One of the reasons why Denali is not a good birding destination is restricted access for cars. The lack of cars on the road is a great benefit to the wildlife but having to rely on the shuttle bus system makes birding very hard. It is possible to get off the bus to look for birds along the single park road, but you might wait over an hour to be picked up by the next bus to continue on your way. We did get off the bus and hike in search of certain birds, and we were successful in finding the Arctic Warbler, but overall we had a very low species list for birds in the park.

The story of the Arctic Warbler (the only lifer for the Denali portion of our trip) provides a good lesson on the importance of finding the right people to talk to and getting the most up-to-date information. For most of our trip we have relied on the ABA bird-finding guide for Alaska by George West and on eBird and other internet sources. Our copy of the guide is dated 2002 and we did not see a more recent edition when we were doing our initial research. Much of that guide is out of date and so we have followed eBird whenever we have access to phone or internet coverage. Much of that information is unreliable as well, or is not detailed enough to be of much use. In this case, we finally talked to a park ranger who was a birder and got some very specific suggestions. He had not seen any of the birds yet this season and was not certain that the birds had even arrived yet, but we took his advice and set off to track down these elusive birds.

It turned out not to be too difficult after all. We got off the shuttle bus at the suggested point along the park road and started walking along the road and exploring the suitable habitat that we could see. We had tried this at the main site that was suggested in the bird-finding guide without success but the ranger’s site proved to be reliable. The birds were indeed back and singing and we managed to hear one after only about a half hour of looking. (This greatly pleased Renee since looking for Arctic Warblers means poking around in willow thickets in the middle of prime grizzly bear habitat, and the less time spent looking, the better!) The lighting was poor but I did manage to get a few pictures to document the find.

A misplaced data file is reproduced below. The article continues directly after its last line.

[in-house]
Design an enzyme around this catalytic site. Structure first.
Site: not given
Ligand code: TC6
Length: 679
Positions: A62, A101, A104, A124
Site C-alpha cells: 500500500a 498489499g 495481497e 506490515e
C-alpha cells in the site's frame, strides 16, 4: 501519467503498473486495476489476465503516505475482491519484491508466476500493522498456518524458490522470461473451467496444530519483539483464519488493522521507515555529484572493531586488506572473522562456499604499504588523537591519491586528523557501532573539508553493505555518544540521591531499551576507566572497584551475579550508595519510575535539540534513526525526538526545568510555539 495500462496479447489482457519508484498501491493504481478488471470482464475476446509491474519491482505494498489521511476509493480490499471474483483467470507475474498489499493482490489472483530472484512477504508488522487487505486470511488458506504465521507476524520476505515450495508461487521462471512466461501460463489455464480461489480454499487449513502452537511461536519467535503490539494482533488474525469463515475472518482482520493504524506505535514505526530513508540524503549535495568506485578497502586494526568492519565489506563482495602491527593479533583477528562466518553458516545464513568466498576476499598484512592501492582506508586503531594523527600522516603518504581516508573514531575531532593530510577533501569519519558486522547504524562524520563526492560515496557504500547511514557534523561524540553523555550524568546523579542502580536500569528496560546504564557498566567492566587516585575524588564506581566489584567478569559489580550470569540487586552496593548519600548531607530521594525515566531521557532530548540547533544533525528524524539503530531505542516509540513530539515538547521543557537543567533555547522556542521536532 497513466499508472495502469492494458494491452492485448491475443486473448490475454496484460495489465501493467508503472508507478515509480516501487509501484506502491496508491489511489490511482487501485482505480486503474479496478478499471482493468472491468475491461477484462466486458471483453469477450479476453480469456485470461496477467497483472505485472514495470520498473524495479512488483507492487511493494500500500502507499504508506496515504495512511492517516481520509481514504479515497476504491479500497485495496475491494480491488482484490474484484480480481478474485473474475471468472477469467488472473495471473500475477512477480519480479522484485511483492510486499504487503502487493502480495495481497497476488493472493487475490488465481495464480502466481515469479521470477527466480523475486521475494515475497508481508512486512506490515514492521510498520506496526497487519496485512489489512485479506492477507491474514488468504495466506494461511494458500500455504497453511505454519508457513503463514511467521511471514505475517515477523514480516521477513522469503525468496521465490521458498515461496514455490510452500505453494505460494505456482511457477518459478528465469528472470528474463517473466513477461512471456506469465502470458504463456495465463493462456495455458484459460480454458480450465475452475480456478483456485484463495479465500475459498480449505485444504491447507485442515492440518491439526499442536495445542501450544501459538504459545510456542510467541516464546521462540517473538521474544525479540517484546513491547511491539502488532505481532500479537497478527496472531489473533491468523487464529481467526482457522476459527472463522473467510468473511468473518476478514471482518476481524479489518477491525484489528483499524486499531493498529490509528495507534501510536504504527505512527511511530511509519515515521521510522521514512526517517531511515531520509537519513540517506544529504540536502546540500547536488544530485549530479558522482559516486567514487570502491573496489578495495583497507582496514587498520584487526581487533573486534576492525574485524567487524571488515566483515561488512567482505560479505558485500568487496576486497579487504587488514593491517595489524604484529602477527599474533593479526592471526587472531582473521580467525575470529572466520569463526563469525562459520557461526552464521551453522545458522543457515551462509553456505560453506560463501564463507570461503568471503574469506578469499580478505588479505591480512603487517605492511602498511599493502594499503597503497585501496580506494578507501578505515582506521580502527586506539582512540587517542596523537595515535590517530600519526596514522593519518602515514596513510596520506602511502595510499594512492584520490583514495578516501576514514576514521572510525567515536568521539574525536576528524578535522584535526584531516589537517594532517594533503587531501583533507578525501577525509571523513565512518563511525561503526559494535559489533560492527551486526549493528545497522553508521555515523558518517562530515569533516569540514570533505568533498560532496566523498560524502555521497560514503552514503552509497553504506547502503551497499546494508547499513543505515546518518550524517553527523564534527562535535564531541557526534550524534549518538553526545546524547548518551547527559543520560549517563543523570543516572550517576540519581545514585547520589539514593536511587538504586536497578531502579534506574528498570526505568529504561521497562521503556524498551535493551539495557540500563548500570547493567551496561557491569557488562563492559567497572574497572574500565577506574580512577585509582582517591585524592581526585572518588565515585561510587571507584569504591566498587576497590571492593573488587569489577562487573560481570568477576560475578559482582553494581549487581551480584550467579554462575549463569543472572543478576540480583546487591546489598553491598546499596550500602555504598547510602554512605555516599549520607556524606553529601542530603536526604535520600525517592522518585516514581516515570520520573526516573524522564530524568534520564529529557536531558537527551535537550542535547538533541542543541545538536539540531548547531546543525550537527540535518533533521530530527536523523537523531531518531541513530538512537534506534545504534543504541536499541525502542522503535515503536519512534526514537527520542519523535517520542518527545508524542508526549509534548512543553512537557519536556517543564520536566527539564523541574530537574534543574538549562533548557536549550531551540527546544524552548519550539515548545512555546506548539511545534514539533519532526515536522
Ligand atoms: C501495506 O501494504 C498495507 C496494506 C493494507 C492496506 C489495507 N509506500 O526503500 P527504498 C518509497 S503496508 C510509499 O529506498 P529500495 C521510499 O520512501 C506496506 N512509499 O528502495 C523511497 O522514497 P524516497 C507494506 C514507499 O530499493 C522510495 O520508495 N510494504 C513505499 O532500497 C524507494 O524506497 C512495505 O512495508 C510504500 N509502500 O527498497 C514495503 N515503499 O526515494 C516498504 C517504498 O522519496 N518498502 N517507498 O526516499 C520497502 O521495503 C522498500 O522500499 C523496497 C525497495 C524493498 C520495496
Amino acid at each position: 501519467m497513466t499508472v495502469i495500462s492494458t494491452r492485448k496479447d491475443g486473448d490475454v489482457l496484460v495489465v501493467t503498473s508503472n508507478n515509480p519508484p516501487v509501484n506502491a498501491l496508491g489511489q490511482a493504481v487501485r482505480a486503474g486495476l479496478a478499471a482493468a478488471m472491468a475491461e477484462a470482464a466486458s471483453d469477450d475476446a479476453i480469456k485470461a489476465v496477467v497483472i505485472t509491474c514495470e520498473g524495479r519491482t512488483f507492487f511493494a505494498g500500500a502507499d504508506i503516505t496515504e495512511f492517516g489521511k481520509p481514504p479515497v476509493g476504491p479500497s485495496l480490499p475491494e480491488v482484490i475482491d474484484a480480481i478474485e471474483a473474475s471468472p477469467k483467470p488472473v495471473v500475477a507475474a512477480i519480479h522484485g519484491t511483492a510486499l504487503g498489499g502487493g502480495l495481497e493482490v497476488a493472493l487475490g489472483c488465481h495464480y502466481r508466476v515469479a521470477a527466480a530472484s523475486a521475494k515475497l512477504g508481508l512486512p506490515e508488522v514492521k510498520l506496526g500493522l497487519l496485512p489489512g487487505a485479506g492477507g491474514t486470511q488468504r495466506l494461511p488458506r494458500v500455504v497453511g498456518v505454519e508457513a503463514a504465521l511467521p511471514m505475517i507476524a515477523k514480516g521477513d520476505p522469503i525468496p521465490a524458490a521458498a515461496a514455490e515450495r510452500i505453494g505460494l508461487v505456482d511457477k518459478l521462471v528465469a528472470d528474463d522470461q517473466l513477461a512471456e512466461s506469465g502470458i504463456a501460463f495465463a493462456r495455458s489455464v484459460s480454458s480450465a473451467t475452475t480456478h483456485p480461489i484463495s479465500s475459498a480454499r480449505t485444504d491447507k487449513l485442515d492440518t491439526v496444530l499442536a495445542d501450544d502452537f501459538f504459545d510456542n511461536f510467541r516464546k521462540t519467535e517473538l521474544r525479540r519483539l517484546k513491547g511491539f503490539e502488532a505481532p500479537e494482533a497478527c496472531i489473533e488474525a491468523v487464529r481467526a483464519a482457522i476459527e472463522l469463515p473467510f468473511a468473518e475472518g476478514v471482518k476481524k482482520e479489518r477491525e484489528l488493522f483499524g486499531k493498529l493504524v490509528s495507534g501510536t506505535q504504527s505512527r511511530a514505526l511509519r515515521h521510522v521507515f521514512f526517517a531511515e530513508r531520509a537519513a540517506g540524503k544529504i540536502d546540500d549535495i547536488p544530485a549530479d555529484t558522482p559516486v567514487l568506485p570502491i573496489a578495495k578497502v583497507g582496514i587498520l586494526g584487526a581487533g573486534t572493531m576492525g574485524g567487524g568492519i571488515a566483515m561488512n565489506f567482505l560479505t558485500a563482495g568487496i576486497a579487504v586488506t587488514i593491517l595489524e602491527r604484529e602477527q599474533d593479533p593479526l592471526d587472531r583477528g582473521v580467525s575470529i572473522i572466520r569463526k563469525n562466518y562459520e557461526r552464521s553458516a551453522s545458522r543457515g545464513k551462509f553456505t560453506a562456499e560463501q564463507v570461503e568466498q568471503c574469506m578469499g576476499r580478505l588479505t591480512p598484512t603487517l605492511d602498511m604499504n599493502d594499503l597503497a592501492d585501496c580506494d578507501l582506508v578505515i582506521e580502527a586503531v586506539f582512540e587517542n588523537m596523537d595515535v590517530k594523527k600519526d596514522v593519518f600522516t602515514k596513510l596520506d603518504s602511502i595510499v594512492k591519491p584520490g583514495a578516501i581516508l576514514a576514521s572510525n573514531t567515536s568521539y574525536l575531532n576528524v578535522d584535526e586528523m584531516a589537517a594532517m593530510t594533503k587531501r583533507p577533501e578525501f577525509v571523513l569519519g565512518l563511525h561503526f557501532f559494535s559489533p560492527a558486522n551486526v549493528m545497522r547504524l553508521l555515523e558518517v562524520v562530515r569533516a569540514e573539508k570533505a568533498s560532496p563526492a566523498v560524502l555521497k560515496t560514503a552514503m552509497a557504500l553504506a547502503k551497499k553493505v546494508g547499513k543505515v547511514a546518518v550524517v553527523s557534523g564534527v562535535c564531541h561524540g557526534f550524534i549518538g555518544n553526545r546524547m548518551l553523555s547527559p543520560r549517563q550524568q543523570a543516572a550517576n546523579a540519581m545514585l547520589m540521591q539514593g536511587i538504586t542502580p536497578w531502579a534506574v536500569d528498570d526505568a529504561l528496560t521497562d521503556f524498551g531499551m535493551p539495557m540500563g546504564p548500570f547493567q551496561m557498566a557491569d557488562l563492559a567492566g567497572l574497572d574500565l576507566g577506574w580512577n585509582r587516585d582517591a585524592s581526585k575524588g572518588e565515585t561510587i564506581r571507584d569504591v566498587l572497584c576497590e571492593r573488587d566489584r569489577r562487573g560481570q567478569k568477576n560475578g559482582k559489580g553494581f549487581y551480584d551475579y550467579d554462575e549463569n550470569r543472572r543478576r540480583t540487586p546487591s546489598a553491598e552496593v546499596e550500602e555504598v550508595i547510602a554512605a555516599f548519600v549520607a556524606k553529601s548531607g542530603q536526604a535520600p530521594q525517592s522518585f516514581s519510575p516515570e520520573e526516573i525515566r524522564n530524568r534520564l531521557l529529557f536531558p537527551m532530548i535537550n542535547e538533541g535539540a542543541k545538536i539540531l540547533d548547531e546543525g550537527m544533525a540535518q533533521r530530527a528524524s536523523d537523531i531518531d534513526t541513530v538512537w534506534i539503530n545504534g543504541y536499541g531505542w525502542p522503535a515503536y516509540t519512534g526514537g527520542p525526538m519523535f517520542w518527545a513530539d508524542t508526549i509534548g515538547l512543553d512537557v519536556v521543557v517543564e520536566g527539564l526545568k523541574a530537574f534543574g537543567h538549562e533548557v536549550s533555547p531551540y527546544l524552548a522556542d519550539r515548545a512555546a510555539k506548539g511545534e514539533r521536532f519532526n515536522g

The next day we got off the bus at another location, and armed with our new knowledge of what Arctic Warbler habitat really looked like, we managed to find four more singing males in about two miles of walking along the road edge. That’s certainly not a high population density, but it was not too hard to find the birds. The light was better, but the bird was farther away for my second (and last) attempt to get a photo.